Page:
Please be on the look out for
Ambry Representatives at :
The San Antonio Breast Cancer Symposium
Booth # 465
Henry B. Gonzalez Convention Center
San Antonio, Texas, USA
12/10 - 12/14
Clinical Diagnostic Exome FAQ
Question: What is the process of diagnostic exome sequencing (DES)?
Question: What can I expect on the report?
1. Primary Findings
2. Secondary Findings- Varies depending on preference and age of patient. Report issued separately.
Question: When would I order a targeted panel vs. DES?
1. When deciding whether to start with one of the targeted panels offered at Ambry vs. DES it is important to consider the yield of testing for each. For example, if the family history shares features of one or several different hereditary cancer syndromes, there may be a clear hereditary cancer syndrome running in the family. In this case it may be more beneficial to start with the targeted next-gen panel such as CancerNext in order to obtain complete gene coverage of the included genes, providing a true negative and rule out these main cancer genes.
Question: What are the testing requirements for DES?
The following are required for testing to proceed and can be emailed to CDE@ambrygen.com, uploaded to Ambry’s secure upload page at www.ambrygen.com/secure-upload/, sent to Ambry with the samples, or faxed to 949-900-5501:
1. A completed test requisition form (for each family member, even those being sent for co-segregation analyses)
2. The Exome Patient Consent Form (included with proband requisition form)
3. Samples from family members (all 1st degree relatives of proband and distant relatives with proband’s phenotype)
4. Family & clinical history information:
Question: What is your policy for reporting secondary findings?
1. ACMG secondary findings minimum list offered as default:
In 2013, the ACMG released “Recommendations on Incidental Findings in Clinical Exome and Genome Sequencing.” The group recommends that laboratories performing diagnostic exome sequencing (DES) actively search and report alterations in genes from among a provided “minimum list” of genes. The list includes 57 genes associated with roughly 25 genetic conditions determined by ACMG to be well-recognized and known to have a strong link of causation. The conditions were chosen if preventative measures and treatments exist. Among the condition types are cancer predisposition risk, later-onset cardiac syndromes, connective tissue syndromes (Marfan Syndrome, Loeys-Dietz Syndrome), and one childhood-onset disease (familial hypercholesterolemia). In following these recommendations, an “ACMG Minimum List” secondary findings report will be issued as a default for all exome orders.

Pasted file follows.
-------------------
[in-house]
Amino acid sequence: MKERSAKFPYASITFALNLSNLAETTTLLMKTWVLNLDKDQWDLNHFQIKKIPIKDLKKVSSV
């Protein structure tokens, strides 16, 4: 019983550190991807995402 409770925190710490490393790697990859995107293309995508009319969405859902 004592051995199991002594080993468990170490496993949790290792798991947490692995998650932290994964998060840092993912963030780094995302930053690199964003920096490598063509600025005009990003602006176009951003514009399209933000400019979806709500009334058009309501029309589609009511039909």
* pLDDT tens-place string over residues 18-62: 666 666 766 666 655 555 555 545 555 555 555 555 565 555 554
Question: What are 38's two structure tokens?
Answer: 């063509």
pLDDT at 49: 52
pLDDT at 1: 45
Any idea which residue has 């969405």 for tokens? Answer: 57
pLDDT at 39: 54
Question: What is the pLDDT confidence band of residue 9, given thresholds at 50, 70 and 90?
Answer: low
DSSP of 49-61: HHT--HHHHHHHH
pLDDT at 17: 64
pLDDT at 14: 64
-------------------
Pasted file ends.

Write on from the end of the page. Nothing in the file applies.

2. Optionally, as part of the standard consent form, patients can decline receipt of all secondary findings.
3. Additionally, Ambry will retain the original secondary findings options which allow for the expanded secondary finding reports. For patients ordering the Clinical Diagnostic Exome test (CDE), patients have the option to select these expanded reports from among four binned categories (recessive disease carrier status, cancer predisposition, adult-onset disease, and early-onset disease) by completing the “Ambry Patient-Driven Secondary Findings Consent Form”. Please refer to the consent form for details.
Question: Will you accept proband only cases, when samples from the parents or other first degree relatives are not available? (ex. Adopted patients, etc.)
1. If the proband is only available or if there are less than three first degree relatives in total, the First-Tier only test option is available.
Question: What are the technical limitations of DES?
1. Not all the exons in the genome are targeted: There are many regions of the genome that cannot be captured and sequenced, including many exons. This is due to many factors, including highly repetitive regions and areas of the genome that are highly GC-rich. >97% of exons are targeted.
2. ~10% of Exons that are targeted may not be well covered: The minimum on-target base coverage of any given exome is ~ 90% at 10x, leaving approximately 10% of the exome not covered at levels to reliably call heterozygous variants. Each individual may have slightly different coverage yield distributions within the exome. Given the wide application ranges, clinical sensitivities and specificities for any individual exome are not established.